Origin of Kalmia Gardens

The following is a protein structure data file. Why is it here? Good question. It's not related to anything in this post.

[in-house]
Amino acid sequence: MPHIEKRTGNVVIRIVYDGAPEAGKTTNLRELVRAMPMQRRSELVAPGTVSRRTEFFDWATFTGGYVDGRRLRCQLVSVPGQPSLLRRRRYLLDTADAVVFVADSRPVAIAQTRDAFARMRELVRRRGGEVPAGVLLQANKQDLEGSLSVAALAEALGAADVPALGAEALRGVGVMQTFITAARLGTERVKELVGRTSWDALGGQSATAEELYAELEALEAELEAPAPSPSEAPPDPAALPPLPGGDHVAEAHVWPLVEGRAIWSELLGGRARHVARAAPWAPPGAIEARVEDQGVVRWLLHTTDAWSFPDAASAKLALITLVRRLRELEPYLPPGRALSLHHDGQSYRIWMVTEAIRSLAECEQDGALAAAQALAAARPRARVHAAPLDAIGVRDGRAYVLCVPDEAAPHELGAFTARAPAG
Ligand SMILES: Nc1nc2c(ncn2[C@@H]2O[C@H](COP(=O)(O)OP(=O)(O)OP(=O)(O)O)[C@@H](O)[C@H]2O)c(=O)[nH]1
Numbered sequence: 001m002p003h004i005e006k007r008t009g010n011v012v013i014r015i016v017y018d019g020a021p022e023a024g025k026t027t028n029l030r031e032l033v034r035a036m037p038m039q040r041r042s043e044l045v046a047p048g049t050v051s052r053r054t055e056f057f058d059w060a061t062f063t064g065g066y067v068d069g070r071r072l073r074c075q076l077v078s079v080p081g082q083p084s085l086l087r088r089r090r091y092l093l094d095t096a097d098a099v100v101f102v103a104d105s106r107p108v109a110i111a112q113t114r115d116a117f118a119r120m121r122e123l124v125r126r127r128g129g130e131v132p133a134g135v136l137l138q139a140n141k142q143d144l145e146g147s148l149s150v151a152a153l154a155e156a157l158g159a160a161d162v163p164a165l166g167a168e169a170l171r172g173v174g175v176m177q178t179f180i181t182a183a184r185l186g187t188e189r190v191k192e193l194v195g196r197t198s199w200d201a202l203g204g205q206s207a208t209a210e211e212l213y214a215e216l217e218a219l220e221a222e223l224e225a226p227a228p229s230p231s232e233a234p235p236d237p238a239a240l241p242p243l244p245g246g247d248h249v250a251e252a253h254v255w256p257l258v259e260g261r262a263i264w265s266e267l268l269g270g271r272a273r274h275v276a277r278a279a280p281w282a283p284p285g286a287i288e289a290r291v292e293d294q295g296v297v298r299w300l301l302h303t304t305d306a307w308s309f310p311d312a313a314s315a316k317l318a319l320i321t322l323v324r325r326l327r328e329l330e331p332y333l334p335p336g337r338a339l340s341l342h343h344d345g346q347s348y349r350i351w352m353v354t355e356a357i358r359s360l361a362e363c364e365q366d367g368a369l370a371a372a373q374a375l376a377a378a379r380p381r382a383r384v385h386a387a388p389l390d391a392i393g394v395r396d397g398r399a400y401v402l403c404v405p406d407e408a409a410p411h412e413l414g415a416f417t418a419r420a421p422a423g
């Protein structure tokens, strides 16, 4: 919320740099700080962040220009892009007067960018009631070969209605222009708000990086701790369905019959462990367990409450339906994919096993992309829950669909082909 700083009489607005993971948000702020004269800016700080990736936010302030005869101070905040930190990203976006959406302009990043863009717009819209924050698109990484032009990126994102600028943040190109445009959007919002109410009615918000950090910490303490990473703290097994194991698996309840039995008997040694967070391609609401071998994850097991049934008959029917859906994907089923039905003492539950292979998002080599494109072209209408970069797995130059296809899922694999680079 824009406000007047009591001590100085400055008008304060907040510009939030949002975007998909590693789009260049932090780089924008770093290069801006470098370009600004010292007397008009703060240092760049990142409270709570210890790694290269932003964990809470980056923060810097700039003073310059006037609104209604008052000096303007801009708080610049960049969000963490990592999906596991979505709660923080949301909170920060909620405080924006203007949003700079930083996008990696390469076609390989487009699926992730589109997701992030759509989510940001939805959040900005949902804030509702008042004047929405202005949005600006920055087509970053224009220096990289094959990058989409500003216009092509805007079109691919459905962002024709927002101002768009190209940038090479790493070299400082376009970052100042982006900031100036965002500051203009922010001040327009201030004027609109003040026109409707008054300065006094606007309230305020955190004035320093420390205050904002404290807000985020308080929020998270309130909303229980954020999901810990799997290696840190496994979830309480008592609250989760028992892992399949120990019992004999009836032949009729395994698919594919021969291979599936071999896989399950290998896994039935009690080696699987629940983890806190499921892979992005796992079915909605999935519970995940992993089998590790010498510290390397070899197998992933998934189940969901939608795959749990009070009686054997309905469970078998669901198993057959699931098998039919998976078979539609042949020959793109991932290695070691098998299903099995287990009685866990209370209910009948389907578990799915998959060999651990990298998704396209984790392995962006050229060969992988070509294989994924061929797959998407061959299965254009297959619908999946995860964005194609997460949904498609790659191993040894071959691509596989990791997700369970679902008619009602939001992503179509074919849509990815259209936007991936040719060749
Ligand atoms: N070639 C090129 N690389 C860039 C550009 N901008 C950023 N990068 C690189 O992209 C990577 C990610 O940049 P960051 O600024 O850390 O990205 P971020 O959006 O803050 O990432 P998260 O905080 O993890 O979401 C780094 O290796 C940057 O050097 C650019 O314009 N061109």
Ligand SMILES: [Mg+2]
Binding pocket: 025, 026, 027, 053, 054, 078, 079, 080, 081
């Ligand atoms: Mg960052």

Kalmia Gardens in Hartsville was the creation of Mrs. D. R. Coker, affectionately called Miss May. The property, originally owned by the Hart Family who built the 1820’s structure, had become a dump during the depression. Coker dedicated herself to turning a garbage heap into a free, public garden. The name comes from the indigenous mountain laurels, Kalmia latifolia, that grow on the sixty-foot slope from the back of the property down to Black Creek. On the upper areas, Coker established camellias, oak trees, tea olives, and a plethora of horticulturally interesting plants. A part of Coker University, the gardens are open from dawn to dusk three hundred and sixty-five days a year. The historic house is a favorite place for parties and weddings, where guests can step outside and see a nighttime sky filled with stars.